Following my post a few days ago about high and low level languages, I received an interesting email from Paul Hammant with some astute comments. After thinking about this for a bit I’ll have another go.
Note that this is a follow-up, and probably makes a bit more sense if you read the original post first.
I’ll admit I got caught up in the idea of slotting languages into arbitrary levels, and did not make my basic point as clear as I might. I also omitted mention of the once-popular 1, 2, 3 and 4GL method of classification. I also didn’t mention any of the very interesting work being done in the area of Behaviour-Driven Design (BDD).
My point was really about the trade-off in languages between the (at one end) the theory and practice of how computers work, and (at the other end) the needs of particular applications and domains. Particular languages don’t often sit neatly at a spot on this continuum, but they do exhibit clusters of characteristics which could lead to a sort of characterisation. Following my original post:
Machine code is very tied down. It runs at one location in the memory of one particular system, it expresses hardly anything of the domain, and typically requires several stages of translation to create it from something more meaningful.
Assembly code is less tied to specific memory, but is tied to particular hardware and architecture. Even though it typically requires one less conversion step than pure machine code, it still expresses hardly anything about the domain, typically just a few memory labels.
Most compiled languages, although a bit more portable across hardware, are still very rigid in their syntax. Unlike machine code and assembly language, which embody a model of hardware registers and memory, languages in these groups tend to embody a model of computer science and mathematical concepts – they map closely to algebraic expressions, flow charts, object oriented models and the like. Although the provide a bit more tailoring to domain concepts and language, this is very much a “second-class” option. Syntax for method definitions and flow control is considered “part of the language”, named types, variables and functions are “part of the program” and have to fit in with the syntactical requirements of the theory.
A second group of compiled languages, and a group which is becoming more popular, is languages which compile, but to an abstract and virtual rather than specific and physical machine architecture. This has the advantage that a single compilation step is all that is required to target multiple different deployment machines. Traditional compiled languages in the previous group would need a separate compilation step for each target.
Some languages push beyond the general class of compiled languages by allowing various kinds of extensions to the core language. Although it’s not a requirement, many of this group are interpreted rather than compiled, as the additional flexibility can be tough to “bake in” to a compiled program. Interpreted languages can also help to remove yet another extra translation step, that of the build and compilation process used to make an eventual executable. An example of this kind of language is Ruby, which is relatively loose about its syntax, and so allows developers to build programs which look a bit more like domain ideas and bit less like computer science theory. Even languages in this group are still bound by the same theoretical concepts as the rest of the compiled languages, though. A variable is a variable and a loop is a loop however you spell it.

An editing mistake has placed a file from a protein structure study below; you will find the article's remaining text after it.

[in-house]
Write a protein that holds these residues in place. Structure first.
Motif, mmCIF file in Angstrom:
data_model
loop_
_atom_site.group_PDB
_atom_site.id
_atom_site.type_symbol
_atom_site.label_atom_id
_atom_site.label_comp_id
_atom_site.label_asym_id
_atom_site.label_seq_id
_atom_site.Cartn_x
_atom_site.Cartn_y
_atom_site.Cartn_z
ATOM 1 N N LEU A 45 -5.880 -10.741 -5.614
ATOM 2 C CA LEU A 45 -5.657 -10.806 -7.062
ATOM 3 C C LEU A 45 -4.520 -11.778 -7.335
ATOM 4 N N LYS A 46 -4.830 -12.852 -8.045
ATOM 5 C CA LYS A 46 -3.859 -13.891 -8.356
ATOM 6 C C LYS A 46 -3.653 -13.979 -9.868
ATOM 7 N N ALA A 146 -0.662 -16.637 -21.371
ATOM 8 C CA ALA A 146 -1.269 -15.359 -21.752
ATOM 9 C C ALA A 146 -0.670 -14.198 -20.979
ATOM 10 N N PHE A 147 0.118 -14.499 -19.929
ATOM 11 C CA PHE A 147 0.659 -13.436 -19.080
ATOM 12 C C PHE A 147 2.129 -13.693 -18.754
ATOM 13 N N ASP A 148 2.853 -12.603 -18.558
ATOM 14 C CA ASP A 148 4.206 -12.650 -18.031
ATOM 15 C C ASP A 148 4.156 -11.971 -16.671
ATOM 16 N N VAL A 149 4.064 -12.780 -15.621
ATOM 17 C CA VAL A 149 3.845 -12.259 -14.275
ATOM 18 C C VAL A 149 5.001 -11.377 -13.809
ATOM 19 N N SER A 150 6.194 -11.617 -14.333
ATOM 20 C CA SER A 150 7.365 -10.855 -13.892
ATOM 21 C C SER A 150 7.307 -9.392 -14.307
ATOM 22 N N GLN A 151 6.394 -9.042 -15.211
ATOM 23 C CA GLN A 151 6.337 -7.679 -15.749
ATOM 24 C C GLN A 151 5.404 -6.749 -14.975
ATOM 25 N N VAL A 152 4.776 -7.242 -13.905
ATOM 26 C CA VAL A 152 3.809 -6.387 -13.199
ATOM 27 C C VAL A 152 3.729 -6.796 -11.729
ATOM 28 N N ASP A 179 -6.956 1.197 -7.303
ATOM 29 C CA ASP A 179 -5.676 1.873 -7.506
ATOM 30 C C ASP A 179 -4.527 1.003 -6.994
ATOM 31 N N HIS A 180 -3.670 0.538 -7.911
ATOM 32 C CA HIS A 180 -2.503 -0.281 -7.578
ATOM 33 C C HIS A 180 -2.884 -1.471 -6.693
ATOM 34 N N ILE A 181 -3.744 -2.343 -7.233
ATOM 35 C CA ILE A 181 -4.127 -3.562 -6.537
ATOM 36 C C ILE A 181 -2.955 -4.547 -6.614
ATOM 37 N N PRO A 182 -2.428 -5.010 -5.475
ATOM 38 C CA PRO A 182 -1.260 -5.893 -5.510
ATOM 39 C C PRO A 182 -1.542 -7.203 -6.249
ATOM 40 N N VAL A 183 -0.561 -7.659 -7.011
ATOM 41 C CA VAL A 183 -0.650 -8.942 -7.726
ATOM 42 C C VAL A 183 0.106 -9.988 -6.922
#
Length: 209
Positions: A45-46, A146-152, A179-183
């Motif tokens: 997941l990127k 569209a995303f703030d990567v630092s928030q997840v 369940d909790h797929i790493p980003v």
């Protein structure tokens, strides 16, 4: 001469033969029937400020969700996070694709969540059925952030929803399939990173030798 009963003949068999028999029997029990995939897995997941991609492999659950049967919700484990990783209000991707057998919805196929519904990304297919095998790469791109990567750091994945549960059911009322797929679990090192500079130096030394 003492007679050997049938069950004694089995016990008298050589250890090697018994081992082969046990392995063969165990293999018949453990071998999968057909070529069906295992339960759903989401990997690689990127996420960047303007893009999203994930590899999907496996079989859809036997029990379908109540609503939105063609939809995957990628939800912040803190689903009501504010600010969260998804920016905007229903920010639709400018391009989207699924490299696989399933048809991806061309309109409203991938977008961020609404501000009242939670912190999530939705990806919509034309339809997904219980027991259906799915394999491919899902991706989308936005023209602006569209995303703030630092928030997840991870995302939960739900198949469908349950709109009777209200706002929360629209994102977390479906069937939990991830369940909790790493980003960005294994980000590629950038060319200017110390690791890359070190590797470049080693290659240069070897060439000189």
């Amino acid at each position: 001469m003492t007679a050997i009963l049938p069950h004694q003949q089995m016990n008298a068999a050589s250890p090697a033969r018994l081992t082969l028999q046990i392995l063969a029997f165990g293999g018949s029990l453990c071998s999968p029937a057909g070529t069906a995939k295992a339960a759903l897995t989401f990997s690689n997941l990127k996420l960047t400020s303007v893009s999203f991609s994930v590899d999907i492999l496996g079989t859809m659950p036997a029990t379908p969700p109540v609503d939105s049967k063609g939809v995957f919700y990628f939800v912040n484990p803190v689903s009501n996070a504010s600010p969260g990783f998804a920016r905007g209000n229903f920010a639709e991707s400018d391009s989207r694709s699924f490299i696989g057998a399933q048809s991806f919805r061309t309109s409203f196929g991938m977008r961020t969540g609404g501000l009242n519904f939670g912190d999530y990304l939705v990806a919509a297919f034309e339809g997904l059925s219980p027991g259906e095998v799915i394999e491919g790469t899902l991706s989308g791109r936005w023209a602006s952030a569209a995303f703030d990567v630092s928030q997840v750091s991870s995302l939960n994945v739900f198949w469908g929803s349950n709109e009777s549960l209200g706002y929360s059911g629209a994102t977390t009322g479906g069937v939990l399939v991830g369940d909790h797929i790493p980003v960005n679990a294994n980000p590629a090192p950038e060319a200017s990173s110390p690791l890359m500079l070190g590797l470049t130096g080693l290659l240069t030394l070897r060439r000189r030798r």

My interest is in what comes beyond the rigid syntax group. Some languages have hardly any syntax of their own, instead, the task of programming is more akin to building a new language in which the concepts, values and processes of the application can be described clearly and meaningfully. The key point of this group is that these domain languages are not fixed, but vary as the needs of the application vary -changing the language is as much a development task as naming a variable. Languages fully in this group are very rare, although some languages have aspects of this approach. Lisp, for example has a syntax consisting of just brackets, spaces and quotation marks, and FORTH has conceptually no syntax at all, although pretty much every implementation I have seen misses this point and instead tries to standardize and document “the” language.
The importance of the BDD approach to this area of study is that BDD practitioners seem much more willing to start from domain concepts and language, and try to derive or grow a formalization, rather than start with a formalization of another domain and knock it vaguely into shape.
To recap, what is currently thought of as “computer programming” or “software development” typically consists of a sequence of conversion steps, many of them manual and unquestioned. These steps include: Fomalizing casual domain language into a set of defined terms, similarly formalizing tacit, casual and implicit processes into defined procedures, translating the formal terms into the name syntax of a language, translating formalized procedures into computer science abstractions, translating computer science abstractions into an implementation language, translating this “source code” into one or more compiled forms, building compiled objects and data into deployable artefacts, installing artefacts on target machines, loading compiled code intro an executable memory image, etc. Particular development processes may include even more steps, translations, conversions, relocations and so on.
In my mind the further up this cascade of conversions we can climb, the better. The closer a development language can approach the natural, casual form of the domain, the more sense the “program” will make in domain terms.